Given America’s continued stakes in Pakistan and Afghanistan, the next president’s approach to issues will be tempered by many factors
Much has been made of America’s Democratic presidential candidate Joe Biden’s remarks at a diaspora event three days ago that he is “standing with India in confronting the threats it faces in its own region and along its borders”.
This is what the Democratic Party’s 2016 platform, where there was precisely one sentence to do with India, said: “We will continue to invest in a long-term strategic partnership with India -- the world’s largest democracy, a nation of great diversity, and an important Pacific power.”
If you were hoping for a significant advance on this, here is the single sentence that embraces India in the 2020 draft: “And we will continue to invest in our strategic partnership with India -- the world’s largest democracy, a nation of great diversity, and a growing Asia-Pacific power.” Note carefully the highlighting of the geographical preciseness.
“Strategic partnership” is one of those overblown phrases that the more it is thrown about, indicate a situation that is often inversely proportional to the reality it purports to convey.
It is unclear, for instance, exactly how many times India and the United States have met for a strategic dialogue ever since the US-India strategic and commercial dialogue was kicked off with much fanfare in 2015. Maybe once? Twice?
Yet Joe Biden’s supportive statement comes as New Delhi faces, as Prime Minister Narendra Modi pointed out in his Independence Day speech, that there is a simultaneous situation both on the Line of Control as well as the Line of Actual Control. Unfortunately, both are joined at the hip with the erstwhile state of Jammu and Kashmir.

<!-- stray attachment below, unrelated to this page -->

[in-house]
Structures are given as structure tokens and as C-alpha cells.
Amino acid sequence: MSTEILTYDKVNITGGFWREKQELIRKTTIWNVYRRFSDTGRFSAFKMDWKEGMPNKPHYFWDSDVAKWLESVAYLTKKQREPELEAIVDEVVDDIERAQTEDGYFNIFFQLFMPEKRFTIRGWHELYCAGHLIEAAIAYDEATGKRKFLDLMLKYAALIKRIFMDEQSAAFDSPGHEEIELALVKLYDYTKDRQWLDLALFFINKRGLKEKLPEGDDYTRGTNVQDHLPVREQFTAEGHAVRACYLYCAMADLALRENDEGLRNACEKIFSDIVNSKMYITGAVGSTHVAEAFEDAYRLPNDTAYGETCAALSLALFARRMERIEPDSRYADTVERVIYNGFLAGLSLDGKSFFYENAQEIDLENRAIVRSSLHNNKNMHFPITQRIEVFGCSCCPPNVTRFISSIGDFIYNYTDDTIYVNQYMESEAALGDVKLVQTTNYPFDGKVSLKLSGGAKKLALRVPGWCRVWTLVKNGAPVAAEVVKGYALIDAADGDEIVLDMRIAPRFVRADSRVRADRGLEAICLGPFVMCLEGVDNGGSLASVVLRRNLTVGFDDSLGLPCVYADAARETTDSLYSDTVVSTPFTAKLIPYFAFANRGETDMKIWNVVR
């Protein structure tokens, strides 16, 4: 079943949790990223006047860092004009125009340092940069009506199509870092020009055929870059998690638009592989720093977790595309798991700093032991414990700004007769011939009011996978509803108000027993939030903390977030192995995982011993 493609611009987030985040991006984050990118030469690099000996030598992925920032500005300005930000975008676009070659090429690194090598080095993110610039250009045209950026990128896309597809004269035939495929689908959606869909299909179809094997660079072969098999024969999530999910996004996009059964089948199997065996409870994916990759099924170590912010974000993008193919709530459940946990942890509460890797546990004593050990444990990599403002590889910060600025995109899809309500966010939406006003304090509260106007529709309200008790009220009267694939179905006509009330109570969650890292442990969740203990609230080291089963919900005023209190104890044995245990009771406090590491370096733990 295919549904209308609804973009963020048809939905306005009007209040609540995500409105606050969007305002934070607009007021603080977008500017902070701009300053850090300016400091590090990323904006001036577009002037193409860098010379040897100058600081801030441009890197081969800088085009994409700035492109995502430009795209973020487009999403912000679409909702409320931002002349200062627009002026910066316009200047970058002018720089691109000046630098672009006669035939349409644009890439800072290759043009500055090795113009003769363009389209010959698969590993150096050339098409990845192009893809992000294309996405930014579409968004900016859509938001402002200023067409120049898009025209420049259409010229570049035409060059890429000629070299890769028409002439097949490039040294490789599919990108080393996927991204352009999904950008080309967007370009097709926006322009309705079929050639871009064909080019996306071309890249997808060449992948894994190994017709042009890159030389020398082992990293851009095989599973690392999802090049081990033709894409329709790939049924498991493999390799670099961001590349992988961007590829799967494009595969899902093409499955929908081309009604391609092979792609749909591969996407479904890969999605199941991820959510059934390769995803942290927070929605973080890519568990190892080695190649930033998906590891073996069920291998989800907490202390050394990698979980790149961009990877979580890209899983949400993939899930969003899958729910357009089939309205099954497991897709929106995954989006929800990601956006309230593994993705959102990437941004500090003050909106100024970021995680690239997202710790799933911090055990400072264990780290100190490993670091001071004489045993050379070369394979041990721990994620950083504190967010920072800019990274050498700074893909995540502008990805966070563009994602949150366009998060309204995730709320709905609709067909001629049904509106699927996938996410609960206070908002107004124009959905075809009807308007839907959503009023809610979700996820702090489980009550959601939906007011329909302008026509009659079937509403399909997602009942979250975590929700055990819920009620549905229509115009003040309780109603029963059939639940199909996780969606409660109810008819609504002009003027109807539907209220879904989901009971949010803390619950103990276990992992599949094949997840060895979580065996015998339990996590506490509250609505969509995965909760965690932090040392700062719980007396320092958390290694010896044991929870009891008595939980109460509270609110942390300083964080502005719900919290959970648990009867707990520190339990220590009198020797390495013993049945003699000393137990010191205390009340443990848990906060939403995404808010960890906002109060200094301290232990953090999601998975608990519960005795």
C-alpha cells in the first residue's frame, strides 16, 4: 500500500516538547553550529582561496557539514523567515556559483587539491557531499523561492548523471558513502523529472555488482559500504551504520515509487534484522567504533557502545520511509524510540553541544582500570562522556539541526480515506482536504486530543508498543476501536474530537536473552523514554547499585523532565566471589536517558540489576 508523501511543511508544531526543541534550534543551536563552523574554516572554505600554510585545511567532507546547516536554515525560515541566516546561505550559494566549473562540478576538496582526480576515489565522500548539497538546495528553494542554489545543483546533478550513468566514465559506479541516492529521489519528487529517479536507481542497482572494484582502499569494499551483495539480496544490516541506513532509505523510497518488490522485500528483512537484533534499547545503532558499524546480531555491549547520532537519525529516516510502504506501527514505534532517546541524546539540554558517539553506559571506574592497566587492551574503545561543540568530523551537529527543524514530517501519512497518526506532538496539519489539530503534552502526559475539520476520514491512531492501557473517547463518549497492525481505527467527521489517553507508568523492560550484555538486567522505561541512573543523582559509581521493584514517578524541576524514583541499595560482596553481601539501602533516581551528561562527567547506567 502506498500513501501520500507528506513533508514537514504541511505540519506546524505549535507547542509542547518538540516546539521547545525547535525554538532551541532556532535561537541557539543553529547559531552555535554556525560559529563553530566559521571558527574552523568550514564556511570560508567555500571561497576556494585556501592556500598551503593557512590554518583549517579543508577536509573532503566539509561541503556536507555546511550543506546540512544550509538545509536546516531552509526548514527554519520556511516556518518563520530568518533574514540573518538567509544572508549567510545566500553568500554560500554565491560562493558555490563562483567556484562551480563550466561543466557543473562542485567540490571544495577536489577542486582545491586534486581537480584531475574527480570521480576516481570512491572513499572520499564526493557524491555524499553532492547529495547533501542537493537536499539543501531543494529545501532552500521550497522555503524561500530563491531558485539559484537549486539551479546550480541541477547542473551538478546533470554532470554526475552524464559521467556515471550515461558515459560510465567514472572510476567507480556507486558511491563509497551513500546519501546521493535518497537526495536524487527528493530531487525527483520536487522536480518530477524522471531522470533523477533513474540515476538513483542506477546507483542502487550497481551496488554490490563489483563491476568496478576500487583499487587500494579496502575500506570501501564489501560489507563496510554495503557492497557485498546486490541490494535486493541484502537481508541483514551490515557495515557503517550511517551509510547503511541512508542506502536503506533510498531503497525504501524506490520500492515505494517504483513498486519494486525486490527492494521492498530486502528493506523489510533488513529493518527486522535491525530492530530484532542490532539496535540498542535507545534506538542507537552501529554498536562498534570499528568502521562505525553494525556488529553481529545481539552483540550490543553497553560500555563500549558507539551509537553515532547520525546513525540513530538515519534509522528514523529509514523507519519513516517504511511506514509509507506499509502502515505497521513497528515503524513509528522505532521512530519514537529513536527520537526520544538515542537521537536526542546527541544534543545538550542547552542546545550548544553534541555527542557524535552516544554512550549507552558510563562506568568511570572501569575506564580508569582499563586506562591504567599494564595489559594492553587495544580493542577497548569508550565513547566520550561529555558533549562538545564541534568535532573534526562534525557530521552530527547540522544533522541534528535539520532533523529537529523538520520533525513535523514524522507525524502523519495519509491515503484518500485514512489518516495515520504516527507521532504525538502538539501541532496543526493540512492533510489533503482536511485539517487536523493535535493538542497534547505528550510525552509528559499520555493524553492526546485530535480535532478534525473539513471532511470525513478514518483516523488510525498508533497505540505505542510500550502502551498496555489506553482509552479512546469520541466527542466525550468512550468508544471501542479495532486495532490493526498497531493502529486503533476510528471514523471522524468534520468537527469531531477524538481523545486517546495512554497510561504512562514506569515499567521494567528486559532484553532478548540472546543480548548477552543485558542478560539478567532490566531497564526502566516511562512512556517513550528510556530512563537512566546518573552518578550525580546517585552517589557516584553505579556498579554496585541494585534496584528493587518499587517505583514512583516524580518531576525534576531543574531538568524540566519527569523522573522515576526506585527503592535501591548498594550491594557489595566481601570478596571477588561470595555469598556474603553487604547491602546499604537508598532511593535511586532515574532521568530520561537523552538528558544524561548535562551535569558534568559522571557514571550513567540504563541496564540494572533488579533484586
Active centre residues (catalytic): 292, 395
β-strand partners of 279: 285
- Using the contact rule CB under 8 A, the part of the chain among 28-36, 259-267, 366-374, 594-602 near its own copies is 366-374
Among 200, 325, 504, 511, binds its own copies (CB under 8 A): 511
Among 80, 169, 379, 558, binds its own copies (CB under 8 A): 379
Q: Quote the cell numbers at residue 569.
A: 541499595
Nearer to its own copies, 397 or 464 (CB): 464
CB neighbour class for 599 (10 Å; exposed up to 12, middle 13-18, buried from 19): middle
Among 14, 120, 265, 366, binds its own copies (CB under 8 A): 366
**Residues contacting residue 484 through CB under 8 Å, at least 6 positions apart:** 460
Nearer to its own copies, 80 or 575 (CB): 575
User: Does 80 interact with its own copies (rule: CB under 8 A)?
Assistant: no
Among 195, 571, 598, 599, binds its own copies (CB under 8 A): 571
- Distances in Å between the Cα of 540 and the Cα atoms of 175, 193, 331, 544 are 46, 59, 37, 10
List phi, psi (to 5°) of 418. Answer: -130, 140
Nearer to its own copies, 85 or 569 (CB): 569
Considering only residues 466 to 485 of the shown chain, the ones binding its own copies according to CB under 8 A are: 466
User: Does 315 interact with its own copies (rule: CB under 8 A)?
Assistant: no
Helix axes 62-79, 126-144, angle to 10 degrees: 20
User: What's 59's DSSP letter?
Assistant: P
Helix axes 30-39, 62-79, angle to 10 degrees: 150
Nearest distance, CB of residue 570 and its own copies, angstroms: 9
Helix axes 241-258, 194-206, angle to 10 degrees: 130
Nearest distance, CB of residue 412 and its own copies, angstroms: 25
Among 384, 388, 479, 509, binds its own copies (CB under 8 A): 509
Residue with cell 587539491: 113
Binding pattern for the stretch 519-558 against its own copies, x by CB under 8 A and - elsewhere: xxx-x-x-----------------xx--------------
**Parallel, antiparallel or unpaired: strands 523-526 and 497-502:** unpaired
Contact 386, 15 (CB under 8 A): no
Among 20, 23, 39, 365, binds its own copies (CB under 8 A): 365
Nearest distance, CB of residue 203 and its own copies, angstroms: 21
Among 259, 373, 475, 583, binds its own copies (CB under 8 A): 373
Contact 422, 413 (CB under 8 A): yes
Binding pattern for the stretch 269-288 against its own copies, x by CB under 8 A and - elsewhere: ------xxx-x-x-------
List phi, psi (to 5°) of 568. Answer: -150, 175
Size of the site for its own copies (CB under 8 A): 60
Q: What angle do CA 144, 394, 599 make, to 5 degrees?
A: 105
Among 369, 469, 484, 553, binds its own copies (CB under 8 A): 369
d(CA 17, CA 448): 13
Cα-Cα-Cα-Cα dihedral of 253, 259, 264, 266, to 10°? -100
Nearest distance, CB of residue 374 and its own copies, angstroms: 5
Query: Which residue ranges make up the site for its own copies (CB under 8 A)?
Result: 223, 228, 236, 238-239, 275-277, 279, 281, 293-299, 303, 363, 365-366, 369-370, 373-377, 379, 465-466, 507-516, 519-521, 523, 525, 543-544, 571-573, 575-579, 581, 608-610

Irrespective of whether the LAC situation is the result of poor “chowkidari” or substantial vigilance, it is a two-in-one situation that is going to provide the strategic overhang as New Delhi manoeuvres itself out of its nonplussed state.
Though both Joe Biden and Donald Trump have spoken warmly of their support for India vis-à-vis China and Pakistan, there are practical limits to how much Washington can or will swing its weight exclusively behind India and in what manner.
Its record remains patchy irrespective of the politics of the occupant of the White House, even on core Indian interests such as effective prevention of terrorism in any form emanating from Pakistan.
Given America’s continued stakes in the stability of Pakistan and Afghanistan, the next US President’s approach to regional issues will be tempered by many factors, considering that all three major players -- India, China, and Pakistan -- operate under the nuclear umbrella.
The situation is unique and unparalleled, with Chinese troops sitting in presumptive Indian territory, and the United States having little or no leverage over China to moderate its strategic goals.
Some previous instances blow like straws in the wind. Whether it was our response to the attack on our Parliament in 2001, the 1999 Kargil intrusions, the July 2018 response to the attack on the Army camp at Uri or the February 2019 Balakot airstrike after a car bomb killed around 40 paramilitary jawans in Pulwama, the American emphasis has been strictly to hasten de-escalation.